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The second paper is reprinted from " The Field," 1890.

K - * Versuch iiber die Natur- geschichte des Maulwurfes .

Public domain books are our gateways to the past, representing a wealth of history, culture and knowledge that's often difficult to discover.

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BOOKS FOR SCHOOLS AND COLLEGES AT GREATLY REDUCED PRICES, PUBLISHED BY HARPER & BROTHERS, NEW YORK. A1N L AT I N 12mo, Latin mar, 1 Zumpt' 75 cen An Abr 50 C2I1 Latin I 75 cer Latin cents. He first gracefully ridicules the fashion of admiring poetry because it is old, not because it is good 5 then turns to the prevailing mad- 1. e., my piety toward the god requires that I sing of, &c.

CON A NTH Royal ALTS J i , Muslii A NTH GLIS 4tc, S: BRAl Sri $1 00. " Sed plane poematum non imperitus, delectabatur etiam comoedia veteri, e*. xli* ness of writing poe;ry, which had seized all rank?

The art with which the poet suggests, rather than unfolds, his argument, seems at one moment to abandon and the next to resume it, is inimitable. The arrangement of the whole clause is purpose- ly involved, that the words may, by their order, yield a more marked echo to the sense. Bacchus was thought to inspire with fury by hurling his thyrsus. " It is allowed me to sing of the stubbornly-raging Bacchantes," i.

1 The privileged poet does not scruple play- fully to remonstrate against the imperial bad taste. The quiet irony is perfectly free, yet never offensive ; the very flattery of the opening lines, which ex- alt to the utmost the power and wisdom of Augustus, which repre- sent him as an object of divine power and worship to the vulgar, is chastened, as it were, and subdued, because the emperor himself, in critical judgment, is to appear but one of the vulgar. The common text has vocafus, for which we have given the elegant emendation of Withofius. There is nothing, however, in the piece itself to countenance the opinion that it was composed for some festival in honor of Bacciius. As the strains mentioned in the £kl are supposed to have reference to the mysteries of the god, the sce*»3 is hence laid in re- motis rupibus, " amid rocks far distant from the haunts of ineu.'' — 4. "Attentively listening." Literally, "pricked up to listen." — 5. The poet now feels himself under the powerful in- fluence of the god, and breaks forth into the well-known cry of the Bac- chantes when they celebrate the orgies. M My mind trembles with recent dread, and, my bosom being filled with the inspiration of Bacchus, is agitated with troubled joy." Both trepidat and l&tatur refer to mens, and lurbidum is to be construed as equivalent to turbide. " I, whom thou salutest, O Maecenas, with the title of beloved friend, shall never die." Dilecte is here a quotation, and therefore follows vocas as a kind of accusative ; in other words, it is taken, as the grammarians express it, materially. According to that adopted in our text, the meaning of the poet is, that the friendship of Maecenas will be one of his surest passports to the praises of posterity.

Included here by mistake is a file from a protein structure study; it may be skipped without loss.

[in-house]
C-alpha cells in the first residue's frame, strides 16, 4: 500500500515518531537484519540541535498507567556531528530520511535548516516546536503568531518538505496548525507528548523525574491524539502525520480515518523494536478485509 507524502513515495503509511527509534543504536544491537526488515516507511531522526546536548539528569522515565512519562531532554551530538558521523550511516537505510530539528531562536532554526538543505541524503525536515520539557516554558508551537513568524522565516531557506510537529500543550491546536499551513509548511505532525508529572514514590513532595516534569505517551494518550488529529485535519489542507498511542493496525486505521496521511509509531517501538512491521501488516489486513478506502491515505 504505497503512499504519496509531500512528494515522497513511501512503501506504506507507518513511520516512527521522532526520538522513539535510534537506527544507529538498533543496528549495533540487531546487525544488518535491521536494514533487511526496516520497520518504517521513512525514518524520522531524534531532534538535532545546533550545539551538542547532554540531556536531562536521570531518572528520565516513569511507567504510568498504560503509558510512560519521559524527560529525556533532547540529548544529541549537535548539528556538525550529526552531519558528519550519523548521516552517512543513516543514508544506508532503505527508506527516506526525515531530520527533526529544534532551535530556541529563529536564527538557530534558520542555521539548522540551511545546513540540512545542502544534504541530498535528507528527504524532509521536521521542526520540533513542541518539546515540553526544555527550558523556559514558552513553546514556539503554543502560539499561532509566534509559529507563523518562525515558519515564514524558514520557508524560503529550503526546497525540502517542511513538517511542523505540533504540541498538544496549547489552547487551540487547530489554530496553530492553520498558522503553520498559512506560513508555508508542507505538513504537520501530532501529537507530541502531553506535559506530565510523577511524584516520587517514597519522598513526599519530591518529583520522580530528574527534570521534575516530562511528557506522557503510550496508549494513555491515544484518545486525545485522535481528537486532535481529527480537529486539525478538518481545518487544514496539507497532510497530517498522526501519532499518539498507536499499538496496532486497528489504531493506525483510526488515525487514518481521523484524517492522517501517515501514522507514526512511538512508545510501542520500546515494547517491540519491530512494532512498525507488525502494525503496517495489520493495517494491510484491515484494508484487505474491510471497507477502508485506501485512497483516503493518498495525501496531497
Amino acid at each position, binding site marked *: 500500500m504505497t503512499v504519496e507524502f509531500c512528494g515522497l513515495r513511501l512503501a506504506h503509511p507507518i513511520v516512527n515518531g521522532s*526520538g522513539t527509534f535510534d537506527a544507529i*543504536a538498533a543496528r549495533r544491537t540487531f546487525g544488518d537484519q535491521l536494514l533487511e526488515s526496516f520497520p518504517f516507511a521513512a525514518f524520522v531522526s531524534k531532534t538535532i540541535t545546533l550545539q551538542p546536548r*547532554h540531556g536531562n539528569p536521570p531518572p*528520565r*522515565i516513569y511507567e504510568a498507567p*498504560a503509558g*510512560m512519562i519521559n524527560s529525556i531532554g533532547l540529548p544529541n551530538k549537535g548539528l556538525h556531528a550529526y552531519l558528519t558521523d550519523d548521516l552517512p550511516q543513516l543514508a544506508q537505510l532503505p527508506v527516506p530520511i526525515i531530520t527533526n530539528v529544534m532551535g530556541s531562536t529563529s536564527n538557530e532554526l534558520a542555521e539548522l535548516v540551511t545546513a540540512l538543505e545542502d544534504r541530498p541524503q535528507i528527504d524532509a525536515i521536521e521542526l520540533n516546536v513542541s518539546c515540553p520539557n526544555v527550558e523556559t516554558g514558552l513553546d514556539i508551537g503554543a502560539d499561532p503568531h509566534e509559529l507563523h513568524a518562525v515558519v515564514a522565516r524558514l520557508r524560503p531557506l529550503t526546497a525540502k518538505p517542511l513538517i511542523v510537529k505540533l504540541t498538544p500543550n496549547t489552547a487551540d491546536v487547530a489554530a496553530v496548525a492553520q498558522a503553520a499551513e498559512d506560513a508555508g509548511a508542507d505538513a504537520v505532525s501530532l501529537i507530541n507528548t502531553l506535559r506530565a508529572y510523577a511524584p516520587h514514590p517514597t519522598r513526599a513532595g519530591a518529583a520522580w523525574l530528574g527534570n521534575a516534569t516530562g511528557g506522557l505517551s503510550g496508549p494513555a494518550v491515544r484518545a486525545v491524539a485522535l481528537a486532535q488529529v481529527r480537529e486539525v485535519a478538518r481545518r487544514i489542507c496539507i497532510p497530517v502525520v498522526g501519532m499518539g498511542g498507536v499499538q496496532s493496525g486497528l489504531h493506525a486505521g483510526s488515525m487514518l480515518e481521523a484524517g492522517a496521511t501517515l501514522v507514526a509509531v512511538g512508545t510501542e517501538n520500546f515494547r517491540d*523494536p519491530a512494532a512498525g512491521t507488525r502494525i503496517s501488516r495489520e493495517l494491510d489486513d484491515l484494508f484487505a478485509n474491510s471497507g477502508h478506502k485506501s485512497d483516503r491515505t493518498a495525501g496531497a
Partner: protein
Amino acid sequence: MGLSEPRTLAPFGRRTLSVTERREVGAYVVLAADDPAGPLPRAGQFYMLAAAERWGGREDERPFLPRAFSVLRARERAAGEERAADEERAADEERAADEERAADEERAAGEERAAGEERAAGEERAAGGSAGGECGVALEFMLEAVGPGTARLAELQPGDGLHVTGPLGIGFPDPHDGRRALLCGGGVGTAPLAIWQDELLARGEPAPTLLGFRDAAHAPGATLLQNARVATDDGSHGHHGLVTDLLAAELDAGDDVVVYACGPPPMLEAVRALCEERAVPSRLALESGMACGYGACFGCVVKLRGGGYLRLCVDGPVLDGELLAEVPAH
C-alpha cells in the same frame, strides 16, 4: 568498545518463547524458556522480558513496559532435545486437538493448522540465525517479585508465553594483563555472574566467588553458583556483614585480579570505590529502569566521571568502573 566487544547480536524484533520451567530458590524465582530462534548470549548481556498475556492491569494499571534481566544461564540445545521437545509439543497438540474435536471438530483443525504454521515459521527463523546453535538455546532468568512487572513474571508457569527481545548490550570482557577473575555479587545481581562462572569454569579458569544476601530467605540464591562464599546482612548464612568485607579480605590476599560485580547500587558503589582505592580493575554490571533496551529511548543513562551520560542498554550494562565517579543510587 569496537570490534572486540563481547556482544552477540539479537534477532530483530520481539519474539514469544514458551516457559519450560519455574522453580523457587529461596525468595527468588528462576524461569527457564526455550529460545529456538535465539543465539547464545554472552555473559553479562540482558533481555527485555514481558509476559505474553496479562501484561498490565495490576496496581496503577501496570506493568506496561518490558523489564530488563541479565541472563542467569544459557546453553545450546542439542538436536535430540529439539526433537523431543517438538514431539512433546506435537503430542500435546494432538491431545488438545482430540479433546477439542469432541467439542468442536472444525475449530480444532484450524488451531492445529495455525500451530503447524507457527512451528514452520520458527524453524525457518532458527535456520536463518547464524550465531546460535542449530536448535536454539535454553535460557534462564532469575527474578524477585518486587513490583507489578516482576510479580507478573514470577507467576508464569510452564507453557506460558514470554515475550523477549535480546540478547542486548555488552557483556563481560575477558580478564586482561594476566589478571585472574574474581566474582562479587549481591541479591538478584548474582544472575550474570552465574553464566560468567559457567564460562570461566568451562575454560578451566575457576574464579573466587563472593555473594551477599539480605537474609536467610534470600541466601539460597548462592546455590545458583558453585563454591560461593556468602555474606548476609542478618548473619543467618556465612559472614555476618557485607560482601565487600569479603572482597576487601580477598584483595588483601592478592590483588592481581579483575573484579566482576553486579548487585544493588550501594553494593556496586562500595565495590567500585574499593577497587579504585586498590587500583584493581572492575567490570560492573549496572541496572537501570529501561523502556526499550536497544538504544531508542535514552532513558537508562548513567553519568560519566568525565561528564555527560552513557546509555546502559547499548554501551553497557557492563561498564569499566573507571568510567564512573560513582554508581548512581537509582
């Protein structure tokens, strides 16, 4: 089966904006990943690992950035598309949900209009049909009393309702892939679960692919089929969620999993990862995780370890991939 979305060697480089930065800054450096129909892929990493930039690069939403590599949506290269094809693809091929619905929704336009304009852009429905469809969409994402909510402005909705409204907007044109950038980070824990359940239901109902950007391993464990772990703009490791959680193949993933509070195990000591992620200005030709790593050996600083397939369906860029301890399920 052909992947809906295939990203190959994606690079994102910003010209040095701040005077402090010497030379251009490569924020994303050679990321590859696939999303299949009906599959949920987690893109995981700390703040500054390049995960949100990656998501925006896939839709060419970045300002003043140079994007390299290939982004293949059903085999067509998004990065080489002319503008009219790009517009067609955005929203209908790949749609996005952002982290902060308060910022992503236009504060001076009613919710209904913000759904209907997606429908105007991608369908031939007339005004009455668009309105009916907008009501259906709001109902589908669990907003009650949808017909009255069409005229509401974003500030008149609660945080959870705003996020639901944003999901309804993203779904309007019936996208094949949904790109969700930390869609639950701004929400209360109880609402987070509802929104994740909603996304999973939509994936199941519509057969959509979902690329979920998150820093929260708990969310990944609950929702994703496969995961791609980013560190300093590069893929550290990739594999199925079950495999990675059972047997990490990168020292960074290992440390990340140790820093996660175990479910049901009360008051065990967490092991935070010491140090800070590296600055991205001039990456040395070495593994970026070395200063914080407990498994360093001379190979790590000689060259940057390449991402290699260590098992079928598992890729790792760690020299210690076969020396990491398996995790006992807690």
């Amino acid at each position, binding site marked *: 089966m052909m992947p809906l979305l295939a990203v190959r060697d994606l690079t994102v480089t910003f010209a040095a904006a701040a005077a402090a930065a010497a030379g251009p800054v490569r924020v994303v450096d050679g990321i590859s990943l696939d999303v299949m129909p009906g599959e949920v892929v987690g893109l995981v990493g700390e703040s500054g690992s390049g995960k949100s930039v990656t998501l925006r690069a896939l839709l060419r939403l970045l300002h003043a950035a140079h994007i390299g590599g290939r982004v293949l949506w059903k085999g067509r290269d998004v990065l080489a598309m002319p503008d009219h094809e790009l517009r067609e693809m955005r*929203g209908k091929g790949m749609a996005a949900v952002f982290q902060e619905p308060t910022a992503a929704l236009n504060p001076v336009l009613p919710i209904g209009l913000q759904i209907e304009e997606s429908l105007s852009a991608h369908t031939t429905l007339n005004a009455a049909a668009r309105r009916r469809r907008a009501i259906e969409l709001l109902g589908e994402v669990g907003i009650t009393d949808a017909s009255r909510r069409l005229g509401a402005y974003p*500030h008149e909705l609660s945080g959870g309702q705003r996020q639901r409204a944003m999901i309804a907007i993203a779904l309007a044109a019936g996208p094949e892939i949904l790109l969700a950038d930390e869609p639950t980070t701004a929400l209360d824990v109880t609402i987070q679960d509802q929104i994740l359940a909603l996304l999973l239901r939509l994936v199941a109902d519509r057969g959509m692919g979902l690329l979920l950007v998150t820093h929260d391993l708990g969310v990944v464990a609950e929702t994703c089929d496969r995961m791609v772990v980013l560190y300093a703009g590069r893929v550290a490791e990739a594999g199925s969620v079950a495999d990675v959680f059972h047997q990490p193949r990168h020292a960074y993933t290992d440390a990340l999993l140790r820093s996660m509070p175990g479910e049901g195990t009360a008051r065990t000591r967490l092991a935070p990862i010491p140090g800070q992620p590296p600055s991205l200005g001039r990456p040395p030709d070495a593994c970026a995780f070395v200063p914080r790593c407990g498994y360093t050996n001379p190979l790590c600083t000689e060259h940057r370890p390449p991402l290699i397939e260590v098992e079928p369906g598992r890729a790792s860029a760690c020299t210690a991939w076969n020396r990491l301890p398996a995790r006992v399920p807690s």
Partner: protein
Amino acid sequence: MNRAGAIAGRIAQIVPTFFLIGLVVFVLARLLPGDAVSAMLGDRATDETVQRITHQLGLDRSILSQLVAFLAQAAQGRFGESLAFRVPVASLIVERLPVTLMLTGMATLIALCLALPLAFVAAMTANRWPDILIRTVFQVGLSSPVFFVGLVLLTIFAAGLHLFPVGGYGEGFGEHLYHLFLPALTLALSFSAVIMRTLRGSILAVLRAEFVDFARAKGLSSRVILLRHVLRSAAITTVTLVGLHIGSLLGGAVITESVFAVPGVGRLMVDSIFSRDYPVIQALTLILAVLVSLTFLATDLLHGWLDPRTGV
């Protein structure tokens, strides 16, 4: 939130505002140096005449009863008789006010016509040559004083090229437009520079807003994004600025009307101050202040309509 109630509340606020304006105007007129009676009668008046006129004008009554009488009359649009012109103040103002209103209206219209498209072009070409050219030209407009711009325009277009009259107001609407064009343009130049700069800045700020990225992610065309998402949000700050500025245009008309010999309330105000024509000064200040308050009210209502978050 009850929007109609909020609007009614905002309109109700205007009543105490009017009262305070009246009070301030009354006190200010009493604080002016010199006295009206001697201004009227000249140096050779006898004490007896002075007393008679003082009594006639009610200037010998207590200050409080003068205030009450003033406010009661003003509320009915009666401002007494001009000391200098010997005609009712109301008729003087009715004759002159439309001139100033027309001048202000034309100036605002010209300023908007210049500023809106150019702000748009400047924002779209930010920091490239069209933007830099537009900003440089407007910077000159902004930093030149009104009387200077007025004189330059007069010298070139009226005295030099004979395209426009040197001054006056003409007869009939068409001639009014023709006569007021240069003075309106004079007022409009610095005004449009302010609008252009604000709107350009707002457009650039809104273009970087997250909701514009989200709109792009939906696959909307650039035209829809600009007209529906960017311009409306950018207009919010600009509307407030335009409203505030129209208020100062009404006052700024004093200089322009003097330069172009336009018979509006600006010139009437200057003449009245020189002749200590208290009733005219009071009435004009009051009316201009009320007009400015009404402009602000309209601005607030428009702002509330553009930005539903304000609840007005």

; AND AT THE BRITISH MUSEUM (NATURAL HISTORY), CROMWELL ROAD, S. - after a date or the number of a volume indicates that the set is in progress. denotes the omission of a word or words from the body of the title.

; KEGAN PAUL, TRENCH, TRUBNER & CO., 43 GERHARD STREET, SOHO, W. [All rights reserved.} PRINTED BY Hi ZELI,, WATtt OK AND V1NEY, J. CATALOGUE OP THE BOOKS, MAPS, &c., IN THE BRITISH MUSEUM (NATURAL HISTORY).

Horace now has attained the high place, if not of dictator of the public taste, of one, at least, who has a right to be heard as an arbiter on such subjects.

The three epistles which occupy the last four or five years of bis life treat principally on the state of Roman poetry.

Thanks for assistance in its production are due to the coadjutors already mentioned in the preface and introduction to the first volume. ; CATALOGUE OF THE BOOKS, MANUSCEIPTS, MAPS AND DKAWINGS IN THE BRITISH MUSEUM (NATUBAL HISTORY).

t in the same position implies that no more has been published.

Horace is throughout of a modern school of taste ; he prefers the finer execution, the fault- lessness, the purer harmony, the more careful expression, to the ruder vigor, the bolder but more irregular versification, the racy but anti- quated language of the older writers. From the na- ture, also, and succession of the metrical ictus, the final letter of Dadaleo is left even without the pretence of ictus to support it as a long syllable Bentley conjectures tutior, but this seems too bold a change.

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